Crews are working to repair the flood-damaged grounds and rail at the Nevada State Railroad Museum, removing tons of sediment, rebuilding rail beds and replacing track that was seriously damaged when flood waters swept across the museum grounds in January.
Heavy rains in January caused a large amount of water to flow down Rhodes Drive at the mouth of Voltaire Canyon. City crews tried to divert it along Curry Street to prevent it from flooding south Carson Street.
“Unfortunately, their diversion stopped right at our property line,” said Museum Director Dan Thielen.
A torrent of water roared through the museum grounds, digging deep channels and undermining railroad tracks, flooding the museum’s shops and annex buildings with several inches of water.
The initial damage estimates were a half million dollars in immediate repairs afterward and up to $1.6 million to fix all of the rail and everything.
Thankfully, he said no historic equipment or collections were damaged.
The museum show room opened in March but the rest of the property including the grounds, the annex and shop areas have been shuttered while museum crews and volunteers began the clean up.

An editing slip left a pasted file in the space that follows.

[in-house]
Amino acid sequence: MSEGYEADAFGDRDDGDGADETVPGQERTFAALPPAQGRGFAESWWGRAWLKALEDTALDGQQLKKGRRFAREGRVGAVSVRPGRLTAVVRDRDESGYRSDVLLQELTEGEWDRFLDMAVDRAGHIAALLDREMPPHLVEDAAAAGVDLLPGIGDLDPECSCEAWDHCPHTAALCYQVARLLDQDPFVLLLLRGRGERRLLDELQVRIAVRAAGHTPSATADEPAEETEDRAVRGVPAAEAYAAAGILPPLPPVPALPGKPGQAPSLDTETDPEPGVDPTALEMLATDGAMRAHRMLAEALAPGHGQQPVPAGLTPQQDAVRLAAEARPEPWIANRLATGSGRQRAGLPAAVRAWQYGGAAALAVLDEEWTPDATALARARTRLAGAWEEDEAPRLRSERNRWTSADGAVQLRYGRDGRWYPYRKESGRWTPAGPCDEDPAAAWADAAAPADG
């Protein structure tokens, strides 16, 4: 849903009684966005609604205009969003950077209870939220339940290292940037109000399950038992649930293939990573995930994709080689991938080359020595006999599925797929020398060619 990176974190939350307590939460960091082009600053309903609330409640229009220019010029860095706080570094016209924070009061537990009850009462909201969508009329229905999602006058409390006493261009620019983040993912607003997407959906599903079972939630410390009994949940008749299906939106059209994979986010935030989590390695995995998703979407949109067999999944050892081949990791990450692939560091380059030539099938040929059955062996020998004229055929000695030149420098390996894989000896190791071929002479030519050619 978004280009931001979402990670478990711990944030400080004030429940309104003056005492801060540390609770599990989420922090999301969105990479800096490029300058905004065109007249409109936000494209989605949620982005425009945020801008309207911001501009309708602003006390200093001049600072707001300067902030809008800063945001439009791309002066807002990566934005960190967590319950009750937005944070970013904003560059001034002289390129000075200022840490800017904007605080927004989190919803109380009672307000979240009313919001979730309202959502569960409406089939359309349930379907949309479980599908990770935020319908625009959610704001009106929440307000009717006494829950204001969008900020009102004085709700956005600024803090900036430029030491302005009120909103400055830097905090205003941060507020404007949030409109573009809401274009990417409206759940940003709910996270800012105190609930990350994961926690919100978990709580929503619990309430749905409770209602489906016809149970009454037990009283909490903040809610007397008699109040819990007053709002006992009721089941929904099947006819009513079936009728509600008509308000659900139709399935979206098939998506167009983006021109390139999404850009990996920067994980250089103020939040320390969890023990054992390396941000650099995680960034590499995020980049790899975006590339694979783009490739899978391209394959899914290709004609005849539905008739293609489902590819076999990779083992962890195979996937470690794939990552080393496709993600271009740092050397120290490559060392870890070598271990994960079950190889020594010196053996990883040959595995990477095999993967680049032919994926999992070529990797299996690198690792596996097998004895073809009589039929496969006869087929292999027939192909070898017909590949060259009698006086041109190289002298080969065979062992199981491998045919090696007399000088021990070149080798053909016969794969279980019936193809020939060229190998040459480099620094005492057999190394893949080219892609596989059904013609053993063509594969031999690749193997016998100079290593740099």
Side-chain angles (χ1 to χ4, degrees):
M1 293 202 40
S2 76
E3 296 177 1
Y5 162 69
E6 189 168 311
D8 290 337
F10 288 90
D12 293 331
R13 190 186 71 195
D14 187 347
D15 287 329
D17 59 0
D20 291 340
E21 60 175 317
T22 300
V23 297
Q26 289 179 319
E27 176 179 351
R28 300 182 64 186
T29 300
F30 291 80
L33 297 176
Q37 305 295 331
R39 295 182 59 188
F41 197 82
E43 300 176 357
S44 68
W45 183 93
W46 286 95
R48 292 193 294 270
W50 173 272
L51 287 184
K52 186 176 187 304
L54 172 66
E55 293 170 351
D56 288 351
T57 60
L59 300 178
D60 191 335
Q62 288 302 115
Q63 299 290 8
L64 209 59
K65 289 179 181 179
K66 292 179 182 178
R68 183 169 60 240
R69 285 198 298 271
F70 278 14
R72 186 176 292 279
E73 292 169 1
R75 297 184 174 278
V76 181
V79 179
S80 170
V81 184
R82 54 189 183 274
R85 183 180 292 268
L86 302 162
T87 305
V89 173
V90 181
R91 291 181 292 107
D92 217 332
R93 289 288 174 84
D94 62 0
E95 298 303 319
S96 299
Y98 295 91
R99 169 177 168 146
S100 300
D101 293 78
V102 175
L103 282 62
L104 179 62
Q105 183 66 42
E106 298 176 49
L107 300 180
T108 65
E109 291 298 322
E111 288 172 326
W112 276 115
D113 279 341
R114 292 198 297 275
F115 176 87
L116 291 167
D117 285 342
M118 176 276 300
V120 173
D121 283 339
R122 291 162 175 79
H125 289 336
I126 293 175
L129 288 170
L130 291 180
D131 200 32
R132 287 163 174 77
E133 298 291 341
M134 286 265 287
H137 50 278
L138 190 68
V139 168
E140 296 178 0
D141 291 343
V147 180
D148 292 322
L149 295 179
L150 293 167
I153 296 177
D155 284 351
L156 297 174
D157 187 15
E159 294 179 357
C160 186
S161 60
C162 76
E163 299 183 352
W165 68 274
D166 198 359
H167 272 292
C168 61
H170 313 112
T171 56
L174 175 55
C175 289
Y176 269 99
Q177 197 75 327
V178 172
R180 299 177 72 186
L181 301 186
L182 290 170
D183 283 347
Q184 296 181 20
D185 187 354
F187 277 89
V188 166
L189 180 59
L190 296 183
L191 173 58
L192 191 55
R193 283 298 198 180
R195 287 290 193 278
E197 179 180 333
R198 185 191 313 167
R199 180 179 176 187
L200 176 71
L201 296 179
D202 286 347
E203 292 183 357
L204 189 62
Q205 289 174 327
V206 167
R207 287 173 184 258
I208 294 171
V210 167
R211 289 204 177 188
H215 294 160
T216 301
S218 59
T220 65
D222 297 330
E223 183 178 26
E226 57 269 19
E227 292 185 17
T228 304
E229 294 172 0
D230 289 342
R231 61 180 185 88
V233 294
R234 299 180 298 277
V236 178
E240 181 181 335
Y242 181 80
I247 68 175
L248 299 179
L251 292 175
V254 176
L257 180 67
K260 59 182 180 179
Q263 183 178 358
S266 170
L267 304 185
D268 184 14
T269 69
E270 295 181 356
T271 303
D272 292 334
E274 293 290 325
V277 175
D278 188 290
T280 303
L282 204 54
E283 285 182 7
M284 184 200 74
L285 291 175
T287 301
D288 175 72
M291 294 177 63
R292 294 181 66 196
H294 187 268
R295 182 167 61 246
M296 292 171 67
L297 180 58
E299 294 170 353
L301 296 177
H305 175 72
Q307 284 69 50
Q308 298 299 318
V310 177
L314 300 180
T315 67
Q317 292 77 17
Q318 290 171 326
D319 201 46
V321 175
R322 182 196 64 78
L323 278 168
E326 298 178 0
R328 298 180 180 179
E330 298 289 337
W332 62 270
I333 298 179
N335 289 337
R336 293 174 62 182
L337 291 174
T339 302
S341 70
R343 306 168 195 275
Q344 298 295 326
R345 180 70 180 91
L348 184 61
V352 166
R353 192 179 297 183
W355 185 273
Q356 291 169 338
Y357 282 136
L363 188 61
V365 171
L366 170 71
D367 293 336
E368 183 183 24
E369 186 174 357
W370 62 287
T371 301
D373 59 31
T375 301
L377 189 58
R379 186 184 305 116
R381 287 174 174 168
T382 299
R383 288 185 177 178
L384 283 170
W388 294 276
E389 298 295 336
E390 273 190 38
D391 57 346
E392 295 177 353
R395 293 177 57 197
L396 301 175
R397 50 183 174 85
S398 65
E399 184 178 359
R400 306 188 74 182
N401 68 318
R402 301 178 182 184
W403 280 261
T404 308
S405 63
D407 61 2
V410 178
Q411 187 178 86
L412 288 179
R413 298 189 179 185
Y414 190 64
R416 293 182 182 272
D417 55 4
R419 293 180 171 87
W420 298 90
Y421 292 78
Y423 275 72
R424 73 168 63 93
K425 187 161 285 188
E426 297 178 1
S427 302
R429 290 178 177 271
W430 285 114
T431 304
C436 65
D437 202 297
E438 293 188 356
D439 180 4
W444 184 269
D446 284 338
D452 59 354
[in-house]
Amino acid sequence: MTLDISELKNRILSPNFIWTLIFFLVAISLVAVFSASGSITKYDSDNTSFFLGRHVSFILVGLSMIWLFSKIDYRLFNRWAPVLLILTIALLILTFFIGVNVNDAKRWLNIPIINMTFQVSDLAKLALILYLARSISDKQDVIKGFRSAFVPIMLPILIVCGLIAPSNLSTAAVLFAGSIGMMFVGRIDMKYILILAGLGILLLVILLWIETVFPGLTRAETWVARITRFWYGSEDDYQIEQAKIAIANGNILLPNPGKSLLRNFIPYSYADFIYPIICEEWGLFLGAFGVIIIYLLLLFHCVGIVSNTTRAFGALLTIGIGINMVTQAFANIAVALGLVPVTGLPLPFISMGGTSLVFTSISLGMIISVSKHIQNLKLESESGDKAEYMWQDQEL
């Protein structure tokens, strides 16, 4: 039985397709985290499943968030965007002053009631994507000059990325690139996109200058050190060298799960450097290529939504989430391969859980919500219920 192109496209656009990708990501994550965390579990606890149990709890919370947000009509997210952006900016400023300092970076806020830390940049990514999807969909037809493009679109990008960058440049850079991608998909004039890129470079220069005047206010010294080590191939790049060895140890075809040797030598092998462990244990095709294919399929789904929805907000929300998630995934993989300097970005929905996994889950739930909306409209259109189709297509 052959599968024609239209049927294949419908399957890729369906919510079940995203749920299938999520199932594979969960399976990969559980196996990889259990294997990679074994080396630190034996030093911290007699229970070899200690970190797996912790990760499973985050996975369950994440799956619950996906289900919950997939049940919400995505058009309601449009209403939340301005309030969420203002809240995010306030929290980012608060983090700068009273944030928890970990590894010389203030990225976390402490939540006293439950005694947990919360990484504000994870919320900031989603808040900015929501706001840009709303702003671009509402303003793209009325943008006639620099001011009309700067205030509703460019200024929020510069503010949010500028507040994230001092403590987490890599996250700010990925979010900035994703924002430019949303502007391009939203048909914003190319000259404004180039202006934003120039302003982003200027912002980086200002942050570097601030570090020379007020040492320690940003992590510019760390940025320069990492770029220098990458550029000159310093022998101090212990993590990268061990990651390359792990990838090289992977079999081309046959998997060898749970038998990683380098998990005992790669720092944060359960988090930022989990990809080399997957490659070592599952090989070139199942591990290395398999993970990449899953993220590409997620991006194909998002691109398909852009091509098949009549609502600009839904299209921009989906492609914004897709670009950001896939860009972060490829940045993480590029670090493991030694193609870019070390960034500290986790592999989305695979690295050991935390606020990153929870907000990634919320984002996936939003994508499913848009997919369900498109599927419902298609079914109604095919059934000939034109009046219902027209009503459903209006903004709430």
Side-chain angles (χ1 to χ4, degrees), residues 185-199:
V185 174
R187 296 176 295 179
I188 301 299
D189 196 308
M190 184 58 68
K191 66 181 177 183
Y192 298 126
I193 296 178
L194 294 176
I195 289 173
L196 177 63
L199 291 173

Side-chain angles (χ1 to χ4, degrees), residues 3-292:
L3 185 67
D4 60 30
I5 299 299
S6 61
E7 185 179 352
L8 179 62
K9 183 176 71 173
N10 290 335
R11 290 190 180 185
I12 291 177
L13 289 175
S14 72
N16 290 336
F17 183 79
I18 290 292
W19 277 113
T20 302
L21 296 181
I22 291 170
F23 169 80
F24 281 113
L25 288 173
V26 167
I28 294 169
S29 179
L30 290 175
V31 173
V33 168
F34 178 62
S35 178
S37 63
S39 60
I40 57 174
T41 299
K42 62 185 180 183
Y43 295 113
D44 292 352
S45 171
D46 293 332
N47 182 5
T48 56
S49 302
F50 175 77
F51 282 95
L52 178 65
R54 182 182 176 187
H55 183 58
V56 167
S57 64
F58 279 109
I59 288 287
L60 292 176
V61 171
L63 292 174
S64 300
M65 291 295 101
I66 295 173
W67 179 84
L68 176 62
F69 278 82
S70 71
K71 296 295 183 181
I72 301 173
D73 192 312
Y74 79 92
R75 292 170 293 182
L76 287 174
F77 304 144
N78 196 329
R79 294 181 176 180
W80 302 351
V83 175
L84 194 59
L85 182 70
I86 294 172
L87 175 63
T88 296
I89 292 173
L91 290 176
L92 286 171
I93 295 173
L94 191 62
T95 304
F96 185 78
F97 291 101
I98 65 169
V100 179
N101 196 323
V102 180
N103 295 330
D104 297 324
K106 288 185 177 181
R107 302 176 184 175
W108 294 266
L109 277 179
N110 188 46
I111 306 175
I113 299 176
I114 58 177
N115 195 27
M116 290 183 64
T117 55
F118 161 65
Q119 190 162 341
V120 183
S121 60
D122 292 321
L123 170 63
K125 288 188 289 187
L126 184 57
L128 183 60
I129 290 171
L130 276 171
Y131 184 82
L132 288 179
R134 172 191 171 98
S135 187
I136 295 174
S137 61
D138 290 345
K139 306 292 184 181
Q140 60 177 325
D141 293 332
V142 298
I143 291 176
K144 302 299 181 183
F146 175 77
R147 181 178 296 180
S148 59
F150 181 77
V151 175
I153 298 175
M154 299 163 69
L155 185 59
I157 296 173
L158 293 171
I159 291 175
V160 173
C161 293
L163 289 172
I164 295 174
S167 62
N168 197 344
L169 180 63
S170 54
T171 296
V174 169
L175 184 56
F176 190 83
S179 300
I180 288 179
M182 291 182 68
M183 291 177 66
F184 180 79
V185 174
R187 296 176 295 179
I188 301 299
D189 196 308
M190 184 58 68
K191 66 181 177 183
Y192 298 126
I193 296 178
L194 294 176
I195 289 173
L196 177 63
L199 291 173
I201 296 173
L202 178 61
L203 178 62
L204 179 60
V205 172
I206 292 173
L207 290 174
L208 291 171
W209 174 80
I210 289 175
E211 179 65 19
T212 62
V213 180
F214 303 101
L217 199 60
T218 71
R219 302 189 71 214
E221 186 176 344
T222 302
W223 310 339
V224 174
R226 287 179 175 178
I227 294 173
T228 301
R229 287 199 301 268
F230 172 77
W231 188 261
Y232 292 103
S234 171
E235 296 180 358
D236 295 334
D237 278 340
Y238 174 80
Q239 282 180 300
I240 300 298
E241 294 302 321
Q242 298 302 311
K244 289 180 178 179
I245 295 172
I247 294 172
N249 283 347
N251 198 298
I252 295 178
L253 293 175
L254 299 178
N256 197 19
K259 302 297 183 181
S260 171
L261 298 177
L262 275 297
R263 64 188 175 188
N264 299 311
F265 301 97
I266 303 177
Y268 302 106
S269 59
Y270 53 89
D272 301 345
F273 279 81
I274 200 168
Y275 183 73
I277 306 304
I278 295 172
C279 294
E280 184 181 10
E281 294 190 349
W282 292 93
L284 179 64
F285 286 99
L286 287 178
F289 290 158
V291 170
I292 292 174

Now, he said the main restoration and repairs are under way.
“We’ve got two companies out there working it right now,” said Thielen this week. “One that is removing sediment and the other one that is fixing the railroad.”
The second of those companies must first fix “the ballast” — the gravel and rock structure beneath the ties and rails that provides them with a foundation. Experts say when that ballast gets inundated with sediment, the effect undermines the rails themselves and starts rotting the railroad ties.
Thielen said they hope to have the work completed in time for the Memorial Day weekend so they can run trains with passengers on the loop around the museum grounds.
“We are going to run full-scale operations for Memorial Day,” said Thielen. “We’ve been assured they can meet that deadline.”
The museum is open to the public Thursday through Monday each week form 9 a.m. to 4:30 p.m. Admission is $6 but free for those 17 and under.
Guy Clifton from Travel Nevada contributed to this report.